Behind The Words With Peggy Rothschild


Today, we welcome author Peggy Rothschild to Reader’s Entertainment. Peggy is the author of the cozy mystery Playing Dead featuring a……..Saint Bernadoodle!

Welcome, Peggy. First, tell our readers a bit about yourself. 

I’m a native Californian but lived in the Boston area for five years—where I met my husband, Richard. After many years in living L. A., we moved to Ventura—which we loved. But in 2017, the Thomas Fire burned down our home. We were fortunate: everyone in the neighborhood escaped. The scariest part of the evacuation was trying to spot and crate our cats in a dark house. We had two all-black and two black-and-white cats, it was after 10 p.m., and the power was out—with flames visible out the back window. Truly scary. But we all got out. The next four years were tumultuous as we and the cats moved from temporary lodging to longer term temporary digs. When the rebuild of our house was finally complete, we gave it a try for nine months, but never felt at home there. Now we’re up in Los Osos—an amazing town along the Central Coast—but drive back to Ventura frequently to take part in activities and visit friends.

How long have you been writing and it is your full time job? If not, what is your ‘real world’ job? How long have you been writing?

I don’t remember a time when I didn’t write. As a child, I apparently I re-wrote the ending for Stuart Little so he and Margalo met up again on the page. In high school I was an English major, but shifted to art in college, then about 25 years ago, I started to get serious about writing. I was—and am—a voracious reader. I read widely, but always had a mystery going, usually figuring out the ending ahead of time. My husband kept telling me I should write a mystery and I finally took a course at UCLA Extension on the topic. After the class ended, the instructor introduced me to a critique group. It was the best thing that could have happened to me. Without that group, there’s a good chance I’d still be rewriting chapters one through six of my first manuscript. Some of the members have changed over the years, but we still meet—though now by zoom.

My work experience has included advertising, publicity, and public relations. From there I moved on to civil service, working for the cities of Redondo Beach and Moorpark. My various jobs introduced me to so many people and personality types—a rich terrain for a budding writer. Right now, I’m fortunate enough to be able to write full-time, which is a real gift.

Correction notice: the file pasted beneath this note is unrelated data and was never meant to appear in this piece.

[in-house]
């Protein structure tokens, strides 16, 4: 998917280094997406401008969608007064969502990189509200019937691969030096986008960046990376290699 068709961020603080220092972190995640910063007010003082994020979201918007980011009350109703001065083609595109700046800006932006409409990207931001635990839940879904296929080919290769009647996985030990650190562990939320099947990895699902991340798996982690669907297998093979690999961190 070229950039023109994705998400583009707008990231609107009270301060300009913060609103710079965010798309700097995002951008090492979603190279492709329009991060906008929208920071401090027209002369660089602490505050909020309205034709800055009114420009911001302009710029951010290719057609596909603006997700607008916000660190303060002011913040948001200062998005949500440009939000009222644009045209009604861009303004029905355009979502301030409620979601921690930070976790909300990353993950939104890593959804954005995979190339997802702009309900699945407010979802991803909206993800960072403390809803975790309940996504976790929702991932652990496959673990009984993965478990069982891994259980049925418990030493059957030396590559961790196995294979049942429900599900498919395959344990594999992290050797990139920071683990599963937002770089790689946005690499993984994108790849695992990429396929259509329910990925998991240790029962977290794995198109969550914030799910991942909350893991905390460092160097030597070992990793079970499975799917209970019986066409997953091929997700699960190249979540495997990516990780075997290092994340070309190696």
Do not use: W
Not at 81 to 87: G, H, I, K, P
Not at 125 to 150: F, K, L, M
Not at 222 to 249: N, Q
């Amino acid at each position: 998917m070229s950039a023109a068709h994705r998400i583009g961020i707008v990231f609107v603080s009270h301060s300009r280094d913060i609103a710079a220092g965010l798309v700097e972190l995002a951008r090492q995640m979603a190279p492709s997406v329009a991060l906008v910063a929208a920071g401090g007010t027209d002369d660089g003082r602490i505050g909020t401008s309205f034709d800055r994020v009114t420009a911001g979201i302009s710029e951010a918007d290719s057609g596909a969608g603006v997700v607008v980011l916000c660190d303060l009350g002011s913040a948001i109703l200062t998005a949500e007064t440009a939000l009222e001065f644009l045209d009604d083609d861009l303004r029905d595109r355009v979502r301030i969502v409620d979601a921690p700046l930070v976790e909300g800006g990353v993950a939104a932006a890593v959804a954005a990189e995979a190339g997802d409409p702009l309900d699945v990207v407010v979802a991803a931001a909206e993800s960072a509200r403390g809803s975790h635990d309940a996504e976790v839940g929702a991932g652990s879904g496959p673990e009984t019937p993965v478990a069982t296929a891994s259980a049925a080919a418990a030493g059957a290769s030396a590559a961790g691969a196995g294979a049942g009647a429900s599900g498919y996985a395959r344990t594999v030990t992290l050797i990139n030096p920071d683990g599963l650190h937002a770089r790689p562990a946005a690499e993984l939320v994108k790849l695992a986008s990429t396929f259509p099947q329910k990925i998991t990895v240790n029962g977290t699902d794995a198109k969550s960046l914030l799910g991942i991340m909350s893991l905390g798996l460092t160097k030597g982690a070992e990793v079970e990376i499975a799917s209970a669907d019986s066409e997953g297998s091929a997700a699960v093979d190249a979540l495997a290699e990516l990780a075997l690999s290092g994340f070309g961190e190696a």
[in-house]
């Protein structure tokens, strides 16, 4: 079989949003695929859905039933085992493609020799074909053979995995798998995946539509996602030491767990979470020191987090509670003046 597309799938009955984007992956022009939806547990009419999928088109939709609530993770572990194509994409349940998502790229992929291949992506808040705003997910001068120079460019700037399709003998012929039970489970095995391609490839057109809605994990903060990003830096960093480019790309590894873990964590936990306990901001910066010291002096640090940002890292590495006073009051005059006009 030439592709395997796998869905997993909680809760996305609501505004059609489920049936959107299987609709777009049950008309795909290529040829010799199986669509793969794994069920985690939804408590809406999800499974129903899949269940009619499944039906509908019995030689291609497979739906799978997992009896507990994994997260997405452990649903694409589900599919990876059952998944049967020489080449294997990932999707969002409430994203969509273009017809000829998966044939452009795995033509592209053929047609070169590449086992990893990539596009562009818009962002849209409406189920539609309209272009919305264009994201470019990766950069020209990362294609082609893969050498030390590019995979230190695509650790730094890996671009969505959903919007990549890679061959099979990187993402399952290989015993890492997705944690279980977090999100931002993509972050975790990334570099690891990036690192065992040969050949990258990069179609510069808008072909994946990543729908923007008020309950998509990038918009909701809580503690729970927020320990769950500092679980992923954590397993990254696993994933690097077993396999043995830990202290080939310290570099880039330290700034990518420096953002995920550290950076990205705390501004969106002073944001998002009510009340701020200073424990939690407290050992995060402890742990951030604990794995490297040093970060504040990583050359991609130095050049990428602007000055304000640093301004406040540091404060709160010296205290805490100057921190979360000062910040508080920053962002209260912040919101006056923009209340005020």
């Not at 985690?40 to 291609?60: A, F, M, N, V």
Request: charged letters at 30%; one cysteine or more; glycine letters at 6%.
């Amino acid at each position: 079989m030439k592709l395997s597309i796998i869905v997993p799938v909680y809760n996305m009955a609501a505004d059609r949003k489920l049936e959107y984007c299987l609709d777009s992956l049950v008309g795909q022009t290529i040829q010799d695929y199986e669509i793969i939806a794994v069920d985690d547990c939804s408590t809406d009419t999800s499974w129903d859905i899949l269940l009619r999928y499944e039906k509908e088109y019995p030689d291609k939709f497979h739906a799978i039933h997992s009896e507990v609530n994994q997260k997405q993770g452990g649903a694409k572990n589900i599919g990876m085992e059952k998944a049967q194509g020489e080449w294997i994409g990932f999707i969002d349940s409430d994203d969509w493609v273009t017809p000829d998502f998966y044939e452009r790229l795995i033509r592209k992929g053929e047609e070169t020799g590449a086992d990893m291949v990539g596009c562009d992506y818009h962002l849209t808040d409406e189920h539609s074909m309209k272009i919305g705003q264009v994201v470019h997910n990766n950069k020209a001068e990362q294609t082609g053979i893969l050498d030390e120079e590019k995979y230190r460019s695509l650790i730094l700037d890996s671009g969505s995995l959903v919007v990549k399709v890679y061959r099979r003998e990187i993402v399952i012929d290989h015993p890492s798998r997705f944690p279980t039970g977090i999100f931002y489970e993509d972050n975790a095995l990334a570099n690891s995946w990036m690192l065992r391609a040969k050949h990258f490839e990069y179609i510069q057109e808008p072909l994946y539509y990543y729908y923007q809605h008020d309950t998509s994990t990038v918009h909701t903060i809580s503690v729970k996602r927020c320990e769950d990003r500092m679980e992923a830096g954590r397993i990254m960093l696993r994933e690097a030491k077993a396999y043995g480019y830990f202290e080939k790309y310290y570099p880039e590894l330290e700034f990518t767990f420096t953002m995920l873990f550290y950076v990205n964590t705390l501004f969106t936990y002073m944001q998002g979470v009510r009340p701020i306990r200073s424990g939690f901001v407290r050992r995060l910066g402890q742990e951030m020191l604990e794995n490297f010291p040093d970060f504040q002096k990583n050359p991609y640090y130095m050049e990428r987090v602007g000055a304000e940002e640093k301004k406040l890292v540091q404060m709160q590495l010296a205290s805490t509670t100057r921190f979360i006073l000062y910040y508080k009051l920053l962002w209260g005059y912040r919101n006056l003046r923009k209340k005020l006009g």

What does your typical writing day look like?

I usually start the day with some sort of exercise—stretching, Qi Gong, yoga, and/or a walk. Then I get settled at my desk. After some procrastinating—reading the news, catching up on email, and social media—I either input the handwritten changes I made to my pages the night before, or I reread the changes I typed up the night before. (For me, going back a few pages helps kick-start forward progress.) Once I’m in the flow of things, I write, write, write. At some point, one of the cats will hp into my lap to “help.” When I get to a snag—where I need to research a point or go back and check a detail—I put a couple hashtags to mark the spot and plunge on. I don’t have a set page or word count target for the day, I just stop when my brain says it’s time. Then I do something else for a couple hours—whether it be yardwork, errands, a meeting, or (sigh) cleaning the house—then review what I wrote, tweaking, editing, researching any questions I left hanging. But I don’t write every day. When I’m not in the mood, I give myself a break.

Tell us about your latest release?

In PLAYING DEAD, Molly and her dogs attend Playtime Academy for their first time—Harlow for an agility class and Noodle to try his nose at barn hunt. After making quick work of the barn hunt course, Noodle goes rogue and discovers a dead body. When a new friend is arrested for the murder, Molly starts digging for clues. The mystery encompasses the attendees and employees at the dog sports facility, people from the victim’s personal and business life, and introduces a few new animals. While Molly’s trying to unravel the mystery, her boyfriend drops a bombshell into their relationship. In between asking questions and caring for the dogs, she’s also looking after her agoraphobic neighbor, J. D., and teaching her friend, Ava, the 8-year-old math and chess prodigy, how to train her dog as well as how to interact more successfully with people. On firmer footing in her new hometown, Molly’s friendships have deepened into something long-lasting, providing a much-needed support system.

What inspired the idea for this book?